Who killed "Bossier Jane Doe?" The victim would simply go as "Jane Doe" for more than 30 years. Until a most unlikely break would finally give this face a name.

At least once a week, Jeanie Phelps makes the painful trek from her home in Kalamazoo, Michigan to the grave site of her older sister, Carol Ann Cole.

The last time anyone heard from Carol was in the winter of 1980. The last time Jeanie actually saw her sister was when she moved away with her mom, Sue Cole, from Kalamazoo 1,275 miles south to Austin, Texas. Jeanie stayed behind to live with her grandmother.

Carol Ann Cole was 15 years old then.

"Me and Carol had a good relationship until she started acting out and I tried to straighten her out then we'd argue about that. I said, 'You're gonna get in trouble,' and she was skipping school too," said Carol's mother, Sue Cole.

"She just start hanging around with the wrong people and the girl upstairs, her name was Diane, they were sneaking out of the house and running around with guys, so I was afraid she was really gonna get in trouble, get pregnant or something," said Cole.

Carol ended up in a drug rehab facility in Austin. Sue visited Carol. Carol also stayed in touch with the family she left in Kalamazoo, particularly her little sister.

Things suddenly changed. Carol had bolted from the rehab in Texas. She had hit the road and turned up 375 miles away in Shreveport, Louisiana. Carol, now 16, called her mom from there.

Carol didn't give her mom any details about her life, but what she wrote in letters to her sister was harrowing.

Then the letters stopped. So did the calls to Jeanie and her grandmother.

Carol had told her mom she was in Louisiana living with some people. "Those people" were the Chesson family. Daughter Frances Aucoin remembers Carol being there and then suddenly disappearing.

"Carol Ann stayed with us for possibly a week," said Frances. "I went to school, I remember her being there, I went to school and came home and she was gone, and I never asked Where'd she go?, if she's coming back, I never asked any questions."

Frances never asked questions because her dad, John Chesson, was one mean, violent guy with anger management problems and a habit of beating the hell out of his kids.

One December morning, John Chesson told his kids they were all going hunting. Frances had never been invited before. He told Frances and her brother to walk down a particular path into the brush.

"I thought that was kind of peculiar, actually thought the man was bringing me out there to get rid of me, to kill me -- this is the type of person he was to me, this is how he treated me," said Frances Aucoin. "So we started walking and I started getting this gut feeling, this scared feeling and I'm looking back and looking at the truck, noticing he never leaves the truck, never walks too far from the truck, is still in front of the truck on the road."

They walk right into a nightmare: Frances and her brother found the remains of a female, remains that would go unidentified for 34 years.

The body had been stabbed multiple times in her back and chest. She used to wear braces. She wore sneakers with the writing on them. She had blond hair. A reconstruction of what she might have looked like is made. And that's all investigators know. They refer to her as "Bossier Doe," after Louisiana's Bossier Parish, where she was found.

Years pass and suddenly serial killer Henry Lee Lucas confesses to killing Bossier Doe and another woman in the early 1980s. Interest in the case flares and a second composite picture is made.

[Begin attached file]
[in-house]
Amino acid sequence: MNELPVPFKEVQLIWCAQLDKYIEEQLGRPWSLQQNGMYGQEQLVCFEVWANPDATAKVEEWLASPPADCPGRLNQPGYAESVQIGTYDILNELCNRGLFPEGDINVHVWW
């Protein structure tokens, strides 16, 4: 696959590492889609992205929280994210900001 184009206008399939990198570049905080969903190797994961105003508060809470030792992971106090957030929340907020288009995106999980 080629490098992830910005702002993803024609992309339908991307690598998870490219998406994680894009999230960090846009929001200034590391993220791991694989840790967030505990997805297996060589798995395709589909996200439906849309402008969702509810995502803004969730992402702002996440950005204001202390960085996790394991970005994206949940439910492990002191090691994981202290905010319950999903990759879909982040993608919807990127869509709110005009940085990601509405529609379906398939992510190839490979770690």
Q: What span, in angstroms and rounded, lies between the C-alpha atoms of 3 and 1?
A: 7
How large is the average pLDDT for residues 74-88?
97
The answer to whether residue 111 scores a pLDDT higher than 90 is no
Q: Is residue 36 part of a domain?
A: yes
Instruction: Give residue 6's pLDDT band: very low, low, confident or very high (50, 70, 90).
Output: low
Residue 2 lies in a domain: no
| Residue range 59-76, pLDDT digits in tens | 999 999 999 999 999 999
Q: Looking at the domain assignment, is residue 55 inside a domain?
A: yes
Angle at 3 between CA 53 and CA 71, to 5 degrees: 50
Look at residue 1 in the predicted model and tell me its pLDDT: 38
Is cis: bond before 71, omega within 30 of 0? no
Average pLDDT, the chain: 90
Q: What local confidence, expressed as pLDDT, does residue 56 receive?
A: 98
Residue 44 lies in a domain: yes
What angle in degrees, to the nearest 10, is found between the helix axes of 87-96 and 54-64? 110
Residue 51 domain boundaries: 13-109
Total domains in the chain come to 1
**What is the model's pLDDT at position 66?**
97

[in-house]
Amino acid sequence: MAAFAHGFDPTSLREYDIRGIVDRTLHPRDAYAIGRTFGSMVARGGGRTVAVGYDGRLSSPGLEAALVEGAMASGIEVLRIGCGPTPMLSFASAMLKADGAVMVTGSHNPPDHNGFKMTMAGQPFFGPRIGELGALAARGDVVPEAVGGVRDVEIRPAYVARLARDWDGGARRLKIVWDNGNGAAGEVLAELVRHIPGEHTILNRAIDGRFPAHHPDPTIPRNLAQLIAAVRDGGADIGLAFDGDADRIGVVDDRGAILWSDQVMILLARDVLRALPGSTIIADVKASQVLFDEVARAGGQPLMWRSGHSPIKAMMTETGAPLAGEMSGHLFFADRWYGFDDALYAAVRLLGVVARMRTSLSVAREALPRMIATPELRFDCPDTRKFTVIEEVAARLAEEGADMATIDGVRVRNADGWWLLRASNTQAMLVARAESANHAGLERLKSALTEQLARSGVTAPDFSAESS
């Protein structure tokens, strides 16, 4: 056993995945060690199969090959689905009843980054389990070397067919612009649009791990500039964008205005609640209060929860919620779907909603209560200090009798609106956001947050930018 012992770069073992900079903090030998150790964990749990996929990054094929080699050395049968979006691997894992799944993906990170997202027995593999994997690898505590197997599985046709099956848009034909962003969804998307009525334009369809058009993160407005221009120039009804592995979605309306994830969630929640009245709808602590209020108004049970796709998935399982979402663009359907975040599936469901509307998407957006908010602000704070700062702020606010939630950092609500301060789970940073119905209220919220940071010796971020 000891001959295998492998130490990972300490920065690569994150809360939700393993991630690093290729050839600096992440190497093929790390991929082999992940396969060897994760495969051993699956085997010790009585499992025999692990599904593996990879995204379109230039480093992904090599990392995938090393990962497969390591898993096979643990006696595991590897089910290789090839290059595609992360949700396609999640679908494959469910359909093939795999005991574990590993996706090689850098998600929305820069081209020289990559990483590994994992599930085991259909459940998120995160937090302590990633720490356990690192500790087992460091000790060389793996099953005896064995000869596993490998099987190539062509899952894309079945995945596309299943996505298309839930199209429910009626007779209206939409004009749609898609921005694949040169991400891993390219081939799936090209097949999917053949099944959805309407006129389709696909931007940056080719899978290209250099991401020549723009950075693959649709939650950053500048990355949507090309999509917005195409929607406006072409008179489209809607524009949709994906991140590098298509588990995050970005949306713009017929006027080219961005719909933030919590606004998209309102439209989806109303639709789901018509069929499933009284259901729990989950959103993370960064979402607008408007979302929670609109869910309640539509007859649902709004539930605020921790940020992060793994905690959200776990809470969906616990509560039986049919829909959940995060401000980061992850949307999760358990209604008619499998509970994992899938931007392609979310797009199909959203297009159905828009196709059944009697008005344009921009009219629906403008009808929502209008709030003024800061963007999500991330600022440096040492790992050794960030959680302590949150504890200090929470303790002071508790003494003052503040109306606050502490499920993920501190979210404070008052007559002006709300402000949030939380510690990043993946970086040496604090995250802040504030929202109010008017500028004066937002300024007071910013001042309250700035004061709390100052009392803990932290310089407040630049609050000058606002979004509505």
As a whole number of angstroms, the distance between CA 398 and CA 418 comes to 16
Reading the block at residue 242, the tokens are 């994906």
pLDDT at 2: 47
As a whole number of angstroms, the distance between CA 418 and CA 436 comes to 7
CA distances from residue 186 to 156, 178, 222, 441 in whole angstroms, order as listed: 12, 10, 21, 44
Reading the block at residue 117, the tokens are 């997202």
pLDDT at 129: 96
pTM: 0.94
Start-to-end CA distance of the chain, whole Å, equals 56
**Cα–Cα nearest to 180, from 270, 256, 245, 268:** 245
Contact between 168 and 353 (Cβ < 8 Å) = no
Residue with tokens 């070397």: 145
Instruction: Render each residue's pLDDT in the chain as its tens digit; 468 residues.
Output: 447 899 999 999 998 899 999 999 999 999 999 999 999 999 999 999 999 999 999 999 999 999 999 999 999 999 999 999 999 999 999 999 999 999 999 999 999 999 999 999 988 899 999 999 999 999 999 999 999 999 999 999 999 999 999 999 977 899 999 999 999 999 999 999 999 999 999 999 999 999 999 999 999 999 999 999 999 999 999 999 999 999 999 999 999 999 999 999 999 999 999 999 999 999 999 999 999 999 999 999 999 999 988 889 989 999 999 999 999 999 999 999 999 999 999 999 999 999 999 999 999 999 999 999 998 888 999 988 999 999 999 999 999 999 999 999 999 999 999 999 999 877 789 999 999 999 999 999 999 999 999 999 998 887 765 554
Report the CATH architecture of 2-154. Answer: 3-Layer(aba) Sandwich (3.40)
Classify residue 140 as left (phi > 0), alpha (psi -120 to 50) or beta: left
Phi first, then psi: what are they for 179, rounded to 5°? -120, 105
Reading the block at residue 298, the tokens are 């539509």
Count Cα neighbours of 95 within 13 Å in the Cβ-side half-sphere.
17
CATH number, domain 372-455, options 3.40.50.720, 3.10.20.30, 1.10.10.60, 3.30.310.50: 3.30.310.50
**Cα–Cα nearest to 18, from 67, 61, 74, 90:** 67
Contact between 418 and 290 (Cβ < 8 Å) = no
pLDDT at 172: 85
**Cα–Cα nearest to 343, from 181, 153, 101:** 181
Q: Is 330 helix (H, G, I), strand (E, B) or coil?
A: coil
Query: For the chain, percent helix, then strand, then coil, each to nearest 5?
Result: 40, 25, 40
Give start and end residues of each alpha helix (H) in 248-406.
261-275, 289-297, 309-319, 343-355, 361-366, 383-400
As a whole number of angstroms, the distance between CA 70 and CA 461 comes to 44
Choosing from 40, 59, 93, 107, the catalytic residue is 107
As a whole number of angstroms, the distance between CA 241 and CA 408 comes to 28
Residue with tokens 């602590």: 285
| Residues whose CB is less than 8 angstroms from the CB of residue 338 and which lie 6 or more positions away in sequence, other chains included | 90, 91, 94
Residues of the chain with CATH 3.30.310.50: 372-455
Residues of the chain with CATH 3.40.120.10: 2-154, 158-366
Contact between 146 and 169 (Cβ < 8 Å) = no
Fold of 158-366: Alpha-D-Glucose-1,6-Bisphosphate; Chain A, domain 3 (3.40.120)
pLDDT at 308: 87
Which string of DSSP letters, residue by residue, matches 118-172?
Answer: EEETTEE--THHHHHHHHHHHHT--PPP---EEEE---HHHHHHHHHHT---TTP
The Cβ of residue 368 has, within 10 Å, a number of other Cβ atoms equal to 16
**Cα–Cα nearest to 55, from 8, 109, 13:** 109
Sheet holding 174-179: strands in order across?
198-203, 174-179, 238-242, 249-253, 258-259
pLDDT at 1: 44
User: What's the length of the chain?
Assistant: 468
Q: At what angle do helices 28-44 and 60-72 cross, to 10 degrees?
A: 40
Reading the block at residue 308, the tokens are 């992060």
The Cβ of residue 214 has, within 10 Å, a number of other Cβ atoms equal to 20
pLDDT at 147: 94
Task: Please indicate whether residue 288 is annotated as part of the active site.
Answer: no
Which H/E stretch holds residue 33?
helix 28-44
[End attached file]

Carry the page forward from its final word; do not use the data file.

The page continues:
But it becomes clear that Lucas didn't do the crime. Bossier Doe's case fell off the front page and it would be years before she would resurface. Several unrelated actions happening simultaneously would finally reveal her identity.

A new artist completely remade the composite of what Bossier Doe might have looked like.

That inspired Bossier Parish Sheriff's Lt. Shannon Mack to do something completely different.

"I was talking to our crime scene guys and I said 'What if we just give her a Facebook page like she's a real person, not create a page and "like" it,'" said Mack. "But you have to 'friend request' her and she talks, just like, 'Hey, this is everything about me, can you guys help out.' I think I did that Friday afternoon, last-ditch effort out of desperation really."

Meanwhile, back in Kalamazoo, Michigan, a family friend posted a page on Craigslist searching for information about Carol Cole.

And then in a million-to-one shot, a 911 operator in Lousiana, home sick with bronchitis, happened onto both sites the same day. Something about the picture in the ad stuck in her mind and wouldn't go away.

"I thought, 'I've seen that jawline before,' I reread it, thought 'This is same time frame as what I read just a few hours ago, so I went to Facebook, and I went back to the Bossier Doe picture," said Linda, the operator.

She called investigators, who got DNA from Carol's mom and dad and rushed it to a lab. The results: the DNA all matched. Boosier Doe finally had a name. Jeanie finally found her sister.

Mission number 2: Track down Carol Cole's killer. And then out of nowhere a bombshell revelation from Frances Aucoin, the woman who found Carol's body all those years ago.

"My dad's in prison for murder, and after looking back, going through this and having to relive this, I believe and I strongly believed before anything prior to him going to prison, I strongly believe that he had gotten rid of her," said Frances. "I strongly believe my dad killed Carol Ann before he had done anything to go to the prison, this murder that he had committed."

John Chesson is currently locked up for stabbing another woman to death.

The Bossier Parish Sheriff's Office has already named Chesson a person of interest in Cole's death. They say with the details his daughter provided, there could be enough evidence to send the case to a grand jury for a murder charge against Chesson.